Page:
1 St John 4. 10.

Worthy is the Lamb that was slain to receive power, and riches, and wisdom, and strength, / and honour, and glory, and blessing.
Revelation 5. 12.

The Venite is Psalm 95, the opening canticle at Morning Prayer, if you were wondering.

BEHOLD the Lamb of God, / which taketh away the sin of the world.

He was wounded for our transgressions, / he was bruised for our iniquities:
The chastisement of our peace was upon him / and with his stripes we are healed.

Fresco by Fra Angelico in the Louvre

Herein is love, not that we loved God, but that he loved us, / and sent his Son to be the propitiation for our sins.

Worthy is the Lamb that was slain to receive power, and riches, and wisdom, and strength, / and honour, and glory, and blessing.

To close, the Collects for Good Friday:

ALMIGHTY God, we beseech thee graciously to behold this thy family, for which our Lord Jesus Christ was contented to be betrayed, and given up into the hands of wicked men, and to suffer death upon the cross; who now liveth and reigneth with thee and the Holy Spirit, ever one God, world without end. Amen.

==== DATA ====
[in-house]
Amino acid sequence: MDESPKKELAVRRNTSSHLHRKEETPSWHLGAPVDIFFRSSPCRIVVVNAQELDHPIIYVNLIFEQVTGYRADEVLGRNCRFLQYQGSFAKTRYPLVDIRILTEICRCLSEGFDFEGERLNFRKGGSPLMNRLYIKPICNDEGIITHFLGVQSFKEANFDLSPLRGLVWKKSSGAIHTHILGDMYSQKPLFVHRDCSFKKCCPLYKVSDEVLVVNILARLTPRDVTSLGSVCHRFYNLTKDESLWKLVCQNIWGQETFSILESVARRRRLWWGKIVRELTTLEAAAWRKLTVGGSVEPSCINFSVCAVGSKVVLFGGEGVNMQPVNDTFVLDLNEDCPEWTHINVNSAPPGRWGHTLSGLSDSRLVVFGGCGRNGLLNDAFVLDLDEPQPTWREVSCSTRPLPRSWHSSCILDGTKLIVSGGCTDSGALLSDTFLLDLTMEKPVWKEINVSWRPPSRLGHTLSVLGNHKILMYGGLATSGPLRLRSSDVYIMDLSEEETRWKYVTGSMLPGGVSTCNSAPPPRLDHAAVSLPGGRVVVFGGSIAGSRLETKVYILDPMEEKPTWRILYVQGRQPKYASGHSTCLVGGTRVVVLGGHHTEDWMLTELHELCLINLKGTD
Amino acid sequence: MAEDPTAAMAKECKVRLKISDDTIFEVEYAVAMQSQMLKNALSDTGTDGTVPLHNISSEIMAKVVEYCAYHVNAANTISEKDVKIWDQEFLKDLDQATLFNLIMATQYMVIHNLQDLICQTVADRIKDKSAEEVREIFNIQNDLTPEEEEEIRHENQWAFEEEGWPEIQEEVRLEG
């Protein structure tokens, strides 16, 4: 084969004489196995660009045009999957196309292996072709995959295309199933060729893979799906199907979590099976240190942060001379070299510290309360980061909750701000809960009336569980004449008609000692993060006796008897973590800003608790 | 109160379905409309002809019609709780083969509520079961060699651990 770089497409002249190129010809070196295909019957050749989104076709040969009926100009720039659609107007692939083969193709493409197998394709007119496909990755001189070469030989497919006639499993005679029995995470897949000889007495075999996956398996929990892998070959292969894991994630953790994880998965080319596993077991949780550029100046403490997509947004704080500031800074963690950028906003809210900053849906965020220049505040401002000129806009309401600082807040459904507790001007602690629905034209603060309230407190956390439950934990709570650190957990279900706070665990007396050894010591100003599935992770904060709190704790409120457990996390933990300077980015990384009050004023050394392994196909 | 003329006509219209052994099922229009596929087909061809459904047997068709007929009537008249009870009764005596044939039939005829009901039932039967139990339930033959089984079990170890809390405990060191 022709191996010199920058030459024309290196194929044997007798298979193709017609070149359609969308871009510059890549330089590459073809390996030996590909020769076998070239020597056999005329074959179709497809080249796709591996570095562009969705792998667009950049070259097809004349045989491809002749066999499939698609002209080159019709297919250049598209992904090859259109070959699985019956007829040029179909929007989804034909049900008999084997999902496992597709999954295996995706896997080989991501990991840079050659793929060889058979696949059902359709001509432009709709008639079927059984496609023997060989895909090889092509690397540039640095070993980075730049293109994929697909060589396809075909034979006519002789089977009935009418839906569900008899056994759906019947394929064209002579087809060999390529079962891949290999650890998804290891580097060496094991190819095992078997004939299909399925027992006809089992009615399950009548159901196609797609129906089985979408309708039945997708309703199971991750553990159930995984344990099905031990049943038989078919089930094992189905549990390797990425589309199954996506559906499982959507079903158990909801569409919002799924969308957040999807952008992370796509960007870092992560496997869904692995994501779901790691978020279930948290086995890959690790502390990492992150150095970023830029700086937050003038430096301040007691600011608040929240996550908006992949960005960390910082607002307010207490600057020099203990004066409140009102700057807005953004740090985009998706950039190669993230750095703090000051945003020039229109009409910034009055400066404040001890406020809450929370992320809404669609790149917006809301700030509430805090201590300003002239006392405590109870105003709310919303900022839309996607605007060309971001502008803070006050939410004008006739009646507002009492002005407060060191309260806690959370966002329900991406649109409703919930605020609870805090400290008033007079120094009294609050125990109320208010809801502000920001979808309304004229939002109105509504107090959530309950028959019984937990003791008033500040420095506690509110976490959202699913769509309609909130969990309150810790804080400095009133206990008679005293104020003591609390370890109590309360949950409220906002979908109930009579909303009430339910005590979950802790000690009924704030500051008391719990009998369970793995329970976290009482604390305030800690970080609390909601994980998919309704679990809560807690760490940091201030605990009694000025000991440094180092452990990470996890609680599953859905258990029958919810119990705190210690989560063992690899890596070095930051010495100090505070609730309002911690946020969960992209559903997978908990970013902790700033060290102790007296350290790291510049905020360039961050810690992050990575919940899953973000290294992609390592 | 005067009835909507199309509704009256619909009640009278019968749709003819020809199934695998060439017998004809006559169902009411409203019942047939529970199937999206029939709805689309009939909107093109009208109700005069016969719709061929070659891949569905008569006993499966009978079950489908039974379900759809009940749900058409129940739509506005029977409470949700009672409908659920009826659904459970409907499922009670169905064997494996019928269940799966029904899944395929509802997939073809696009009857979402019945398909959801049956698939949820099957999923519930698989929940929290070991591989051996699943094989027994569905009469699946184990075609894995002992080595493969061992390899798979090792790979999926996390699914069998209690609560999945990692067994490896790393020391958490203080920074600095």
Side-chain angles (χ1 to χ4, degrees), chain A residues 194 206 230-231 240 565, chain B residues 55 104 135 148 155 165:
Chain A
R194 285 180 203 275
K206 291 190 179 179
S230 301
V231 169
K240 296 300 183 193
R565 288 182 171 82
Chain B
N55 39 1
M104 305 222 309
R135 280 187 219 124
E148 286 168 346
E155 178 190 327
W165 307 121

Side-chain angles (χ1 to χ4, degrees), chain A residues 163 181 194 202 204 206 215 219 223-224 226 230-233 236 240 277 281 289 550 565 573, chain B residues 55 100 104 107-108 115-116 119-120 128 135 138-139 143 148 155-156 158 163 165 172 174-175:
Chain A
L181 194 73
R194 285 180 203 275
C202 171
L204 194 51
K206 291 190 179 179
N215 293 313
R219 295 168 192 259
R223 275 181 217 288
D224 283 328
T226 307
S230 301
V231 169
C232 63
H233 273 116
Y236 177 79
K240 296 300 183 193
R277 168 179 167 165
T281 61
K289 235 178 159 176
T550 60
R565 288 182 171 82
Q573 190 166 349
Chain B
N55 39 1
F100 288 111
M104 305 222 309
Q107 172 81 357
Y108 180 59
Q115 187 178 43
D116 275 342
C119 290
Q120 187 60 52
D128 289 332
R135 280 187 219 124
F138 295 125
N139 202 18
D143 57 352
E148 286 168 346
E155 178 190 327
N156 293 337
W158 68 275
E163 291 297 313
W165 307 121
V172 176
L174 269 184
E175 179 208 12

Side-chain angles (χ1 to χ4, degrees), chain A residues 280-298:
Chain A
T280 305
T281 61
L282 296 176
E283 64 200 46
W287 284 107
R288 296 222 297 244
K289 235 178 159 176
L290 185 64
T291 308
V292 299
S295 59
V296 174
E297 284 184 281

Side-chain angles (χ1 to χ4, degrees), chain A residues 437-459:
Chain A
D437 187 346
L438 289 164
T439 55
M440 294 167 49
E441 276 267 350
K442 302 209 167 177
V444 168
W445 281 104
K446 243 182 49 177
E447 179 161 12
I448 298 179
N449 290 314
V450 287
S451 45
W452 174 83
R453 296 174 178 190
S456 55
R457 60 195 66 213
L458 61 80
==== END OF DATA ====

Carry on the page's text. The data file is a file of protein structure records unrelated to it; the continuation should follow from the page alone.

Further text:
ALMIGHTY and everlasting God, by whose Spirit the whole body of the Church is governed and sanctified: Receive our supplications and prayers, which we offer before thee for all estates of men in thy holy Church, that every member of the same, in his vocation and ministry, may truly and godly serve thee; through our Lord and Saviour Jesus Christ. Amen.

Maundy Thursday: “the same night in which he was betrayed…”

The focus of the Maundy Thursday Epistle in the BCP is the Lord’s Supper, giving St Paul’s treatment of the words of institution from 1 Corinthians 11 — it is this version that makes its way in the liturgy. Some argue that it is the other direction — that the primitive liturgy made its way into St Paul.

Most Anglicans today (in Canada, at least) celebrate Holy Communion every week. I have been a member of two congregations that celebrated the Eucharist every other week and had a service of Morning Prayer every other week. Both sacraments instituted by Christ are bound up with this season of Passiontide and Easter. In baptism, we are baptised into Christ’s resurrection. In Holy Communion, we eat his broken flesh and drink his shed blood.

Holy Communion is the constitutive act of the Church, some argue. When we assemble and meet together, we partake of our Lord, are bound to Him, bound to each other. The liturgy takes us out of the mundane to the supramundane. Some fantastically beautiful meditations on the sacrament of Holy Communion have been written in time past. The liturgy binds us corporally into the history of salvation — this is the point of the anaphora of St Basil, which I blogged here once, as it rehearses salvation history. The climax of salvation history is the Cross, and we are made partakers of Christ’s body and blood broken and shed on that Cross in the mystery of the Blessed Sacrament of Holy Communion, of His Blessed Body and Blood.